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The Best Time to Plant a Tree

            It has been said that the best time to plant a tree was 20+ years ago, and the second-best time to plant a tree is right now.  That statement reveals the wisdom of doing things for future, long-term benefit rather than for immediate gratification.  I have been a consistent buy-and-hold investor for nearly 30 years, and I’m a firm believer in the slow quarter instead of the quick nickel.  That’s why this statement about planting trees appeals to me.  I believe in doing things that have long-term value and long-term consequences.  Having a long-term perspective is an essential element of being a true investor.

            Not to take anything away from the talented individuals who specialize in wholesaling real estate, but their “business” (not “investing”) activities are generated toward earning immediate, taxable, earned income. The investor perspective is to generate long-term, appreciating wealth while receiving some cash flow in the present.

            Let’s apply this analogy of planting a tree to your investing, or any other business you operate, by asking this question:  Are you doing it now for the immediate income, or are you doing it for both income and future growth and potential?

            I’m asking this question because I’m starting to hear some anecdotal reports from different market areas about how the housing market has shifted in such a way that many who were running successful wholesaling operations, even as recently as 8-9 months ago, are now out of business.  If such individuals had kept one out of every five houses that they bought and quickly resold, they might be in a much better situation right now.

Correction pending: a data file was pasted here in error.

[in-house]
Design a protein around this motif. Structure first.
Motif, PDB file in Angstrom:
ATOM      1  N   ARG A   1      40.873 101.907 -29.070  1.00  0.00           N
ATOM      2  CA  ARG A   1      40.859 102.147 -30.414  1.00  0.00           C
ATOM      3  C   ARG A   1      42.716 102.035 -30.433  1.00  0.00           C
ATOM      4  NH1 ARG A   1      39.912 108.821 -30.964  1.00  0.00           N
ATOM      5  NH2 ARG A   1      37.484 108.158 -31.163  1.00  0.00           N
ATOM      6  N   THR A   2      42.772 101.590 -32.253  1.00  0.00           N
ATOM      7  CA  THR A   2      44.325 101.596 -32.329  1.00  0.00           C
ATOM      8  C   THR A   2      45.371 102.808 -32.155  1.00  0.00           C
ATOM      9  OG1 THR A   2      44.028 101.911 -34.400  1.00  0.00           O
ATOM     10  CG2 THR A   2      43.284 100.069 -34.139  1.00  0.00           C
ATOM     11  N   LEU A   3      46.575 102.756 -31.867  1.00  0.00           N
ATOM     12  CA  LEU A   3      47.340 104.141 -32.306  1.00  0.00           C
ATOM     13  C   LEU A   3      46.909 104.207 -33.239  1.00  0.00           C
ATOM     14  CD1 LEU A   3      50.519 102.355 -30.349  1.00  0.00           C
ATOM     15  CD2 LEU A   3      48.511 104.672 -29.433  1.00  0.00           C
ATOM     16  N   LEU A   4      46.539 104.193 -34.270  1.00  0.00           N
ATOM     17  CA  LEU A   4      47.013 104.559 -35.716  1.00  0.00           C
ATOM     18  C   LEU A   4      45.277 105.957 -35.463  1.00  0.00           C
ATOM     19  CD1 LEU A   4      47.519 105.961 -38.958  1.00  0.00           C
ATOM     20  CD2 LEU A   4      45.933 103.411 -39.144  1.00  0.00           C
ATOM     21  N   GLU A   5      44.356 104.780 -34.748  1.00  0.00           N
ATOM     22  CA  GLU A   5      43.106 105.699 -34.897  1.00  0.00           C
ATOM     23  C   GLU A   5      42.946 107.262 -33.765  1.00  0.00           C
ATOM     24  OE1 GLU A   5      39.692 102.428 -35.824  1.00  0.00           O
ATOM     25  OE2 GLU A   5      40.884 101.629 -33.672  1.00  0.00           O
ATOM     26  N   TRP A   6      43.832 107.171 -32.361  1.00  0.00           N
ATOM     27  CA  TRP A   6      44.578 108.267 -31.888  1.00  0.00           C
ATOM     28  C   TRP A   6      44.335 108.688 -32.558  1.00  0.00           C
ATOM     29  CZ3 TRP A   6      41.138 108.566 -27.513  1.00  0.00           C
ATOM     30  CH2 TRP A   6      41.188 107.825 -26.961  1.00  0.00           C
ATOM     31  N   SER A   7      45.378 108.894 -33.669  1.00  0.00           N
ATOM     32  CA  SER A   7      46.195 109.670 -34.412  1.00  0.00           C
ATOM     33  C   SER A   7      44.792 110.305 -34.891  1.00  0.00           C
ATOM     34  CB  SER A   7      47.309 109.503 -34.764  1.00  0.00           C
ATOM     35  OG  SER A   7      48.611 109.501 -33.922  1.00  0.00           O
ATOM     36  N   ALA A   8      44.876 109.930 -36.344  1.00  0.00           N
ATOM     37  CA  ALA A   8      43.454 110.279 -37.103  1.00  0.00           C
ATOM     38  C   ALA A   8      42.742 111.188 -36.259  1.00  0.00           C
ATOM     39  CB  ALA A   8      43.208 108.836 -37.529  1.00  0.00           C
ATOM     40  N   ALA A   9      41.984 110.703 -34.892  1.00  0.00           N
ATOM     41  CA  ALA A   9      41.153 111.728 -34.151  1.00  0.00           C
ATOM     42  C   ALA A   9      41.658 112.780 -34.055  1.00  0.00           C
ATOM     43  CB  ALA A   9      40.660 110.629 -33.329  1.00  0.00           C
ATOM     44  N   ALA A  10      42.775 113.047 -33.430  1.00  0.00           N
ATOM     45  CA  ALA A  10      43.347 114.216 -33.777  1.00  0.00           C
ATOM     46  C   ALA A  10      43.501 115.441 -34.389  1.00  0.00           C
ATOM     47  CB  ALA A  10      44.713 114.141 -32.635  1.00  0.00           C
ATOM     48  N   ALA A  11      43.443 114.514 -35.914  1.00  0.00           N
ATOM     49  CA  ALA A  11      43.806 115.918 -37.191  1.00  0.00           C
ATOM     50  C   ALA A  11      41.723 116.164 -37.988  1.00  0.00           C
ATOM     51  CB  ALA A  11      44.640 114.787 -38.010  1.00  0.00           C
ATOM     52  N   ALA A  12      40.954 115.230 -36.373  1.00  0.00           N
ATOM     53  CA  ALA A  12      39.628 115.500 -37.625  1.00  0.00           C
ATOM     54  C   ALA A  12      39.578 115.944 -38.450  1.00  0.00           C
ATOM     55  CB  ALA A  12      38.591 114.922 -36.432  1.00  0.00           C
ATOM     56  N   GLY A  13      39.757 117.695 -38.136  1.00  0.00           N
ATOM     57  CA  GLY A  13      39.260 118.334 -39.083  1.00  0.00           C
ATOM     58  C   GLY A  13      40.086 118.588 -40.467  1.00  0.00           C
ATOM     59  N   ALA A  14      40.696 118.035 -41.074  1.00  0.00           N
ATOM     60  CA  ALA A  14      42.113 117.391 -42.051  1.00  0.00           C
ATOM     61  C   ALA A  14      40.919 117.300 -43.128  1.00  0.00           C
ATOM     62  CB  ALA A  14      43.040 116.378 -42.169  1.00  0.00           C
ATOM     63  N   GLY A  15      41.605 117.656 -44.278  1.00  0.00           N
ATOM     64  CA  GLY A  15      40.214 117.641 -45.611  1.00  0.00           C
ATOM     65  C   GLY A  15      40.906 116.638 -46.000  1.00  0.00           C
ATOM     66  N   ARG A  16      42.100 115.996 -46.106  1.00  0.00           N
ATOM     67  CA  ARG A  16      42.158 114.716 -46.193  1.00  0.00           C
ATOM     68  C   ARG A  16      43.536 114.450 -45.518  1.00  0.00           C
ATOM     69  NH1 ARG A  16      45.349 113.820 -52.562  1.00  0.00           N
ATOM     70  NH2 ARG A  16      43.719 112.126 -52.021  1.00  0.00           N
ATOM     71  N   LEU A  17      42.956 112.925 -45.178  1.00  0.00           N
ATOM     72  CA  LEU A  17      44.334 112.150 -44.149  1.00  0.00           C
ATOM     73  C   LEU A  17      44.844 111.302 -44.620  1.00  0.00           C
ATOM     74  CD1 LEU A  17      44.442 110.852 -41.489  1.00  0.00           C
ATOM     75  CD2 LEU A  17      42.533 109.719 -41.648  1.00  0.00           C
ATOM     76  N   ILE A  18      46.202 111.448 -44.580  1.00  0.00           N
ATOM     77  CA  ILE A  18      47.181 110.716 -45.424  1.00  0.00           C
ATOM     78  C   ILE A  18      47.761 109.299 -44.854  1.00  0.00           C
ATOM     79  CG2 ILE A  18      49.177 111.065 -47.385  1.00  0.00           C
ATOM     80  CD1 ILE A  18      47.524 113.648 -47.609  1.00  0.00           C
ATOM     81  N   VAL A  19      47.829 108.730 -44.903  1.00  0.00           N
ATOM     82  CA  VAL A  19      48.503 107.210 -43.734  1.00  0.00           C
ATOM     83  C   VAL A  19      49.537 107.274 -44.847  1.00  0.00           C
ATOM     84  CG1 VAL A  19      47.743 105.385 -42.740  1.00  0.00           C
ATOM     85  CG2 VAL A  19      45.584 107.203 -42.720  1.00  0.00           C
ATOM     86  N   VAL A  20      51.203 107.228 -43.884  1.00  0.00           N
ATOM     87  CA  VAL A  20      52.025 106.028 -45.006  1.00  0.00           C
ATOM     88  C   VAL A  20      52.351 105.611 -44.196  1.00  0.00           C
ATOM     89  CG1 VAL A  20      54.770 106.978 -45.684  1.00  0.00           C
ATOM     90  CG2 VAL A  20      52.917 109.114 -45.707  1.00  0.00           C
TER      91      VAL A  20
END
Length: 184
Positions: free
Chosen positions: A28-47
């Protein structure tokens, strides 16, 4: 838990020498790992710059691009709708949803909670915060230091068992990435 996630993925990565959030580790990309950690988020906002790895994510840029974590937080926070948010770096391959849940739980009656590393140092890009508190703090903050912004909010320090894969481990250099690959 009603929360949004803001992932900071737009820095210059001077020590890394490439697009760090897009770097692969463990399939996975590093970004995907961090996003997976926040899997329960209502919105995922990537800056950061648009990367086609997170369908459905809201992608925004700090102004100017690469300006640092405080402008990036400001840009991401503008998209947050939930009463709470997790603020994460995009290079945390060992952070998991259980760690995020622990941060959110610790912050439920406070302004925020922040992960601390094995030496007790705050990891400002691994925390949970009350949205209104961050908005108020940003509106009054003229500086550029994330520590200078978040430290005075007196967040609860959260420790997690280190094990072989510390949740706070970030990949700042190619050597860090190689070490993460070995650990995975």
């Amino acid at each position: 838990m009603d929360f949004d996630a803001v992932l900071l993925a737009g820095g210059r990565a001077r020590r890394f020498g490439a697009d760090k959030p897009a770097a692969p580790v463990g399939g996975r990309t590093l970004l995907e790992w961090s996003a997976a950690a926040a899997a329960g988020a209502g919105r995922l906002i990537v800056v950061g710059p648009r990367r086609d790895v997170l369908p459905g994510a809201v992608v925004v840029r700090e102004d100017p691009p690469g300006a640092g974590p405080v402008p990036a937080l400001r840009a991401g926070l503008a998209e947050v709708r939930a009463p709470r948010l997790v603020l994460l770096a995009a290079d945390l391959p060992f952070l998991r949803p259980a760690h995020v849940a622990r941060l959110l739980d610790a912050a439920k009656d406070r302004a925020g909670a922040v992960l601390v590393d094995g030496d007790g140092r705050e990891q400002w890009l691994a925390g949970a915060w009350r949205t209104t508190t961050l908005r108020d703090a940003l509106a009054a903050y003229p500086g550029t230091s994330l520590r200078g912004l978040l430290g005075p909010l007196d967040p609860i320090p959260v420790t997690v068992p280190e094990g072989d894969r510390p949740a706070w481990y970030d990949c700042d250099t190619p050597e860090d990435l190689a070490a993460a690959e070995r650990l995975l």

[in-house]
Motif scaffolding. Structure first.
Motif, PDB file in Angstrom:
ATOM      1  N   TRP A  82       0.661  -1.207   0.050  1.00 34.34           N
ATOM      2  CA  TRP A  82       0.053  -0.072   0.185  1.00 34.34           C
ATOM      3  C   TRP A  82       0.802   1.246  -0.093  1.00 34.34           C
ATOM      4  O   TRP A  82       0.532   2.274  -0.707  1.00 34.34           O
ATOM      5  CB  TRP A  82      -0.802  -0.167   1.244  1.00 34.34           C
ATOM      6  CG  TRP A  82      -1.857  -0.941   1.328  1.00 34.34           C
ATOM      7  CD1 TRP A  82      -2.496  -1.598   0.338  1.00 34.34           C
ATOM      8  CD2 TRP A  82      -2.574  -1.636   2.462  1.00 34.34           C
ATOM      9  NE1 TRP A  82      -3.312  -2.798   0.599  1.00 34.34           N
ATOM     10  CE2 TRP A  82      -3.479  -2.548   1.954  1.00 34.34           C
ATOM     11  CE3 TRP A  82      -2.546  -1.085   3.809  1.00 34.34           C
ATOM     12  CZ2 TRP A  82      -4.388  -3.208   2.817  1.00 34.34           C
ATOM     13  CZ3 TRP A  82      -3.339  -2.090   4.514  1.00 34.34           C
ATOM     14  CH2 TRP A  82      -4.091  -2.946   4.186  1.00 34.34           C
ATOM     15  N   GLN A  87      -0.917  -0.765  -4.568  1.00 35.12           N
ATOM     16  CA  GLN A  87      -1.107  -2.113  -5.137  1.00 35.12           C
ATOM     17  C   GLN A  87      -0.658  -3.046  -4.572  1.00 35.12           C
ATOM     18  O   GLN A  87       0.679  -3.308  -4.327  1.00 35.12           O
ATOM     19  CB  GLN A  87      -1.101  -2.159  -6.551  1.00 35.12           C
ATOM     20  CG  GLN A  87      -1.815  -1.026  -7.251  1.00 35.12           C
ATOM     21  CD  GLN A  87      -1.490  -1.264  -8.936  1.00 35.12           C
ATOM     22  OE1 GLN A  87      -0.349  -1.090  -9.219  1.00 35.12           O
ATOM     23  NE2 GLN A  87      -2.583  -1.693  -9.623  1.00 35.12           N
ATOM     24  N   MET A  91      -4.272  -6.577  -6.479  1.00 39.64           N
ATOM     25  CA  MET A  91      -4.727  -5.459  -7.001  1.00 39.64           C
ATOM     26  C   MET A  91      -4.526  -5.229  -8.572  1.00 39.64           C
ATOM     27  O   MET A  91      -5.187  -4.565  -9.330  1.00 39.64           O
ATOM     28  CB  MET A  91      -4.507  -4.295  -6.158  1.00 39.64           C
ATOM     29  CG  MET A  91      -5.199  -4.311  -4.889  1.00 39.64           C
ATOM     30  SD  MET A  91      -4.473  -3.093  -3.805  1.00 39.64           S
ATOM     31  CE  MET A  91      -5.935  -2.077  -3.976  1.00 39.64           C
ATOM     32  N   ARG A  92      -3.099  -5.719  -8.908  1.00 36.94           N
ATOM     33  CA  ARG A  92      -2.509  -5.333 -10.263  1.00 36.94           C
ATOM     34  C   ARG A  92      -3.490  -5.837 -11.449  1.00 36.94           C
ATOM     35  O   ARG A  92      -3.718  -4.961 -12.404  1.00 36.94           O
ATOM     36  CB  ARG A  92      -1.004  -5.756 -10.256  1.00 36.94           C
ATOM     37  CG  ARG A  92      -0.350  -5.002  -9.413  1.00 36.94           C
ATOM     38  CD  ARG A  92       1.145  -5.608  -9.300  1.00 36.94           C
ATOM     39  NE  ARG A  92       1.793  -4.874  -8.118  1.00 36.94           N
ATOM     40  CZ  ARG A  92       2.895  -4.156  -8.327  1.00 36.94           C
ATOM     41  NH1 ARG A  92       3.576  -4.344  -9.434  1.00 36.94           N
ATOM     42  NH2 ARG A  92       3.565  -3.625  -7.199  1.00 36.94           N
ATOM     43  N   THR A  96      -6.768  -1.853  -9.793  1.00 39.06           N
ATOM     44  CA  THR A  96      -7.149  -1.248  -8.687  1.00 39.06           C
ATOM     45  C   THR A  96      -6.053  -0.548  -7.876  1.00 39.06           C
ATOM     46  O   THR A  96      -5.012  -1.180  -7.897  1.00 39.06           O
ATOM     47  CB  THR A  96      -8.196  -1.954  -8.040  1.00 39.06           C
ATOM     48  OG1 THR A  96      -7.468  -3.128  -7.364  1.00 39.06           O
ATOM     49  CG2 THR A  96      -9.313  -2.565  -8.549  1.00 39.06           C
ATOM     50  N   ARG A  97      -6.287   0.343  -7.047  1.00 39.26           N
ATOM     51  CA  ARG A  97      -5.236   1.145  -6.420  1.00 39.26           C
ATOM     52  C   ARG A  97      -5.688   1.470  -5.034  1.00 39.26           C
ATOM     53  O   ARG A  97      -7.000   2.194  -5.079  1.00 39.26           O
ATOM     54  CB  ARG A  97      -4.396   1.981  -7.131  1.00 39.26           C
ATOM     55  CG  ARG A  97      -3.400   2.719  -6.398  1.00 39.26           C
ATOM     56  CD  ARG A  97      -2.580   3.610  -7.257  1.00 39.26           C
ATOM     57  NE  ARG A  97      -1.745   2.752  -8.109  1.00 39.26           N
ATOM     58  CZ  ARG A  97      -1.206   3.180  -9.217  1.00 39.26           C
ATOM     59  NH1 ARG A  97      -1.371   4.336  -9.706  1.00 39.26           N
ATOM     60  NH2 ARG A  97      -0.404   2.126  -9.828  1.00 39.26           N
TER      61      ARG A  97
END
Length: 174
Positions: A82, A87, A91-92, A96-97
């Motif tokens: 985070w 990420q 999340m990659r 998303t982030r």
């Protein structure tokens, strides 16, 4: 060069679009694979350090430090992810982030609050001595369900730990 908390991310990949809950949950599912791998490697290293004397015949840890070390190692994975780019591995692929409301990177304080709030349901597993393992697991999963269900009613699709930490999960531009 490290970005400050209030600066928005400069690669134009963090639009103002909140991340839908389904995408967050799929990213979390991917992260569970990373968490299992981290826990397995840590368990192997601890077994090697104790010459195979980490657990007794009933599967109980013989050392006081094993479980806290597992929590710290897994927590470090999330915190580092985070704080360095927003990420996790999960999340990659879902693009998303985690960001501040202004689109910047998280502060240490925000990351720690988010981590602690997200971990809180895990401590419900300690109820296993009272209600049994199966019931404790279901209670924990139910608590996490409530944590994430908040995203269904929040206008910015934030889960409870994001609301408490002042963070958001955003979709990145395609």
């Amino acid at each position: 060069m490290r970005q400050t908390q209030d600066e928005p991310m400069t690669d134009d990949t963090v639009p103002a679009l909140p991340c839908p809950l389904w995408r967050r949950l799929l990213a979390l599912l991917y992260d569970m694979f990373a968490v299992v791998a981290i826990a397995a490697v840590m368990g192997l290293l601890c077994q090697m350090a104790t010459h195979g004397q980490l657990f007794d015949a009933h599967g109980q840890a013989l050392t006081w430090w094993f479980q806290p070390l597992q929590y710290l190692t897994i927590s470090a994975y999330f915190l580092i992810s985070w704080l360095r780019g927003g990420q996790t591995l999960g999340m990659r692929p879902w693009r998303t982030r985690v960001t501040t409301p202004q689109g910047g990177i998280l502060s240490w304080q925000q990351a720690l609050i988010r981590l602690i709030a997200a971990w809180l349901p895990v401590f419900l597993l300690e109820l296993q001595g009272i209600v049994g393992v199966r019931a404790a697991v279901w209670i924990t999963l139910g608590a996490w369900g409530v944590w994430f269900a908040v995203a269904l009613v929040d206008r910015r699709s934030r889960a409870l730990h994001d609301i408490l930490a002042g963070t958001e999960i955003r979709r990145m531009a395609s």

Another trend I’ve noticed is that a growing number of people who are buying properties, rehabbing them, and putting them out for sale are constantly running into cash-flow crunches because their rehab costs have continued to escalate, and they didn’t plan and prepare for those costs.  This is causing a problem for their projects and businesses.  This may be another symptom of the lack of long-term perspective when doing these deals.

            Please do not interpret what I’m saying as advocating only for long-term growth and appreciation.  There are times in a person’s business and portfolio when harvesting profits or making immediate, ordinary, earned income is necessary to cover the cost of other operational expenses or to accumulate enough down payment to make another property be able to cash flow properly.  The purpose of this article is to get you thinking long term with a horizon beyond five, possibly ten or more years, so that investments you make now will be reaping rewards 5-10 years from now and beyond.  This will be a foundational element to changing your life going forward.

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